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Russian Science of the 18th Century
August 21, 2014 16:57

The 18th century became the epoch of creating the system of secular education and science, which were practically absent earlier in Russia.

Deep transformations in all the areas of public life issued the challenge of raising the cultural and educational level of the population. The task could not be solved without an extensive network of new educational institutions. The year 1701 saw the opening of the Navigation School in the Sukhareva Tower in Moscow; in 1715 it was moved to St. Petersburg, where it became the foundation for the Navy Academy. A bit later it was followed with Engineering, Artillery and Medical schools.

E. Gluck's private grammar school was opened in Moscow in 1703 for personnel training in scientific activities. Primary education was based on elementary schools in provincial towns. All sorts of functionaries were trained in special clerk schools. Vocational schools sprang up under large-scale manufactories in the Urals and other regions of Russia. The very first commercial school was opened in 1722.

The St. Petersburg Academy opened on the initiative of Peter I in 1725 played a great role in formation and development of the Russian science.  Originally the Academy was mostly based on foreign scientists who were willing to work in Russia.

Unlike western educational institutions, the Russian Academy did not go in for theology and was an entirely secular public institution. At the same time it was closely connected with Russian art. Its Art Department was founded in 1732. Enjoying strong support of the state, the St. Petersburg Academy created works of world level in the very first decades of its existence.

An outstanding role in the development of the Russian and world science was played by the great Russian scientist Mikhail Lomonosov (1711-1765), who became the first Russian member of the St. Petersburg Academy in 1745. He was not only a great scientist, but also a poet, a philologist, an artist, and a historian. The scale of his personality was second to none of the Titans of the European Renaissance. Emphasizing the all-pervading character of Lomonosov’s personality, Alexander Pushkin pointed out that “Lomonosov embraced all the branches of Enlightenment” and “tested everything and penetrated into everything”.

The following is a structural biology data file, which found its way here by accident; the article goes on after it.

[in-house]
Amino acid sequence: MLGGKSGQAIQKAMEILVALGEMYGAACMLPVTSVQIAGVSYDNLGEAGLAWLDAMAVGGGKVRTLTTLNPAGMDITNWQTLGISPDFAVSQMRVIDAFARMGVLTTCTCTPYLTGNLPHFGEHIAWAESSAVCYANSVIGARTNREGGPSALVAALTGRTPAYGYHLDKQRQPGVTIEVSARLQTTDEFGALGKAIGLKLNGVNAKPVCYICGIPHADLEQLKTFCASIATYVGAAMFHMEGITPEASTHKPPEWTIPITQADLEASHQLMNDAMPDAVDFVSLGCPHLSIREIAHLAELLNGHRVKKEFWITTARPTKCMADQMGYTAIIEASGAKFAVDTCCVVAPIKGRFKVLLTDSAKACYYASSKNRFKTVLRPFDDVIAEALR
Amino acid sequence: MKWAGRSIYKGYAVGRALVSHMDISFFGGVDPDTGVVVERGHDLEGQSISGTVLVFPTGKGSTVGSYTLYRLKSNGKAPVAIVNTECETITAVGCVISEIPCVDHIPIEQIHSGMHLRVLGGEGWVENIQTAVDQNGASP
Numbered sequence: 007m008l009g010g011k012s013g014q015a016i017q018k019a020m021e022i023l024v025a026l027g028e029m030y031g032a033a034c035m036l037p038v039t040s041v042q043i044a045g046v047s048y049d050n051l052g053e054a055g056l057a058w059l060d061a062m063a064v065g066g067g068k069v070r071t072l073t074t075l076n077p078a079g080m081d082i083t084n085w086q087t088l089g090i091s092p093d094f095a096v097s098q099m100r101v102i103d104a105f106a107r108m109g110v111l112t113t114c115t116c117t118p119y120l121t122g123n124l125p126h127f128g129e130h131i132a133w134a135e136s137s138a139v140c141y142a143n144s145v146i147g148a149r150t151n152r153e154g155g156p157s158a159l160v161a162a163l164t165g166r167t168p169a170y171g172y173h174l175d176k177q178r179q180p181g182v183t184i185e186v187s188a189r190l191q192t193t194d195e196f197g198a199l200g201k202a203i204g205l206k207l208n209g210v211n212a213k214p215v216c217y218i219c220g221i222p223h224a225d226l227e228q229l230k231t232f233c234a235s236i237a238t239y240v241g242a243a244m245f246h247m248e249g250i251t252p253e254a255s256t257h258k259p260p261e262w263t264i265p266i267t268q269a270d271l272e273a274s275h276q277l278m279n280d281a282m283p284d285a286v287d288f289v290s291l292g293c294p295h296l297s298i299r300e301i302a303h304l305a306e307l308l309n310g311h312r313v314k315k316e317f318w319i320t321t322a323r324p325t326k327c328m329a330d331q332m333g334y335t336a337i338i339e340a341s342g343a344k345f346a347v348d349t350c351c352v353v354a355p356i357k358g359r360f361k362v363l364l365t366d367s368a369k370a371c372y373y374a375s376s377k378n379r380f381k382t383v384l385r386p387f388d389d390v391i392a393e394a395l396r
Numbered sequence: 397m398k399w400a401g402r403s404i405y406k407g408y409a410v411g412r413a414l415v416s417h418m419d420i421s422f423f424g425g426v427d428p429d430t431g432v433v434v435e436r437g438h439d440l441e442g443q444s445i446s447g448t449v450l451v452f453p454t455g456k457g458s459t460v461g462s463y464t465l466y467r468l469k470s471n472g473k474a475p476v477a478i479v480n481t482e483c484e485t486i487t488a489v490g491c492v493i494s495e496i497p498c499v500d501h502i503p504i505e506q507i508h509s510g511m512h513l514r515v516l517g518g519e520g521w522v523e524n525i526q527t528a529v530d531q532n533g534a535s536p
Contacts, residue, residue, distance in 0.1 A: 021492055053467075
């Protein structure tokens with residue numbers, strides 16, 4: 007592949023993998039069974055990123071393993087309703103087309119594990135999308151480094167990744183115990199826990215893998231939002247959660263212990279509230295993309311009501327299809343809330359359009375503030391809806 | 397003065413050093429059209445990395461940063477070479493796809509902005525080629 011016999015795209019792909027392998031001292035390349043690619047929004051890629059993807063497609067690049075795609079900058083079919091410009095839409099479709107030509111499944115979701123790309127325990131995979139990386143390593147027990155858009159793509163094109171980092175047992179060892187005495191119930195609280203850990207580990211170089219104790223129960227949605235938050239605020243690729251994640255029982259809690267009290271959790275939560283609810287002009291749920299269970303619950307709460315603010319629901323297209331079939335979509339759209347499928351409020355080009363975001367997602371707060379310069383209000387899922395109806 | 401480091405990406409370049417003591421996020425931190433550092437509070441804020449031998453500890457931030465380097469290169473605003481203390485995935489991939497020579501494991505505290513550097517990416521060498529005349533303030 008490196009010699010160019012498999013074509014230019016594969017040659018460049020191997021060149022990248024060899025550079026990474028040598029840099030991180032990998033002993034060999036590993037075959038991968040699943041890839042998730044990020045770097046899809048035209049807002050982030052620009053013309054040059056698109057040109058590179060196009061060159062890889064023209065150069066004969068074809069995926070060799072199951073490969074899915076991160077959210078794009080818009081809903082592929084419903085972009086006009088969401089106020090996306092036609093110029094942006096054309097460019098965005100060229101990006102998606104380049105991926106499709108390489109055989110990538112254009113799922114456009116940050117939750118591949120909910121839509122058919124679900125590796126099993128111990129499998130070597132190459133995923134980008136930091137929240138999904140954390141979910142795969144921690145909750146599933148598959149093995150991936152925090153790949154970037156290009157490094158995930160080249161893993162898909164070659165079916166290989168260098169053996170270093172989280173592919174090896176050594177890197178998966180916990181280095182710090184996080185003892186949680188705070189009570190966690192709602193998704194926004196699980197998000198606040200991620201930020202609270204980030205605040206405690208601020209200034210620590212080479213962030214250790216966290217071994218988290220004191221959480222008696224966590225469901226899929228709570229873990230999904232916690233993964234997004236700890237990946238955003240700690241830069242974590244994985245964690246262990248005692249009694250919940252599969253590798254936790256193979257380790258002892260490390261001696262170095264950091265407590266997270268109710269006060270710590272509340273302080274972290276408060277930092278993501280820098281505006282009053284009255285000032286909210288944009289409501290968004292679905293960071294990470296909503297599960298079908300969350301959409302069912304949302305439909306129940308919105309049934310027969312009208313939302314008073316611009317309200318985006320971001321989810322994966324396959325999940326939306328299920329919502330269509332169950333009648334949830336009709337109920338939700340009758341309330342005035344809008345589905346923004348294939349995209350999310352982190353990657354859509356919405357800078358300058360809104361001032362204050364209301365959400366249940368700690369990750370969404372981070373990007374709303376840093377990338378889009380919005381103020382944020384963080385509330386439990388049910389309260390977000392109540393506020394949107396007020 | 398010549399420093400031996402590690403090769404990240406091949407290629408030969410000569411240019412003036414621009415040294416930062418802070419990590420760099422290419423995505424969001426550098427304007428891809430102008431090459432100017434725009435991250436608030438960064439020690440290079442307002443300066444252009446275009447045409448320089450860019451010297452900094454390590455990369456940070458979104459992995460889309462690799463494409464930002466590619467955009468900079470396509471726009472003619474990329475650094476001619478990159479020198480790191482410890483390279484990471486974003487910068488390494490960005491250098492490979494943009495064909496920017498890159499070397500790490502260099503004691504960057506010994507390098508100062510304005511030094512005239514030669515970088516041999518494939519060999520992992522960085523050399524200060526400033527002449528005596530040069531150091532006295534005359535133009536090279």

A most important milestone in formation and development of the Russian science and education was the foundation of the Moscow University in 1755. Initially it had three faculties:  philosophical, medical and legal ones.  Soon it became the largest center for training specialists in all branches of knowledge. 

The Russian Academy of Sciences was opened in 1783 and it first president was Princess E.R. Dashkova. The academy also played a huge role in the development of Russian science.  Its first large-scale scientific achievement was the six-volume Thesaurus of the Russian Academy providing interpretation of the principal scientific terms and concepts. 

The 18th century was marked with profound changes in public consciousness, accompanied with considerable revival and rise of public thought. It was promoted by both Peter’s reforms and extending contacts with the European countries, giving way to the ideas of the western rationalism, humanism and Enlightenment. 

Feofan Prokopovich, a contemporary and associate of Peter the Great, was an eminent Russian thinker of the 18th century. Being an avid admirer of Peter I, he glorified his deeds in every possible way and held him as a paragon of enlightened monarch. He was also an ideologist of church reforms and justified the need of its subordination to the state.

The well-known writer and philosopher Nikolay Radishchev played a special role in spiritual life of Russia.

Another profound thinker was self-educated I.T. Pososhkov, the author of the Book on Scarcity and Wealth. A supporter of Peter I, he at the same time stood in opposition to the nobility, by expressing and defending interests of the peasantry, merchants and handicraftsmen.

The past of Russia was very well interpreted by V. N. Tatishchev, the first prominent Russian historian, who authored The Russian History since Antiquity, which traced historic events in Russia from Rurik to Peter I.

Thus, one can sum up with good reason that the Russian science made a powerful breakthrough within just one century. Starting from scratch, it managed to swiftly rise to the world level.

Author: Vera Ivanova

Tags: Russian Science Russian History Mikhail Lomonosov   

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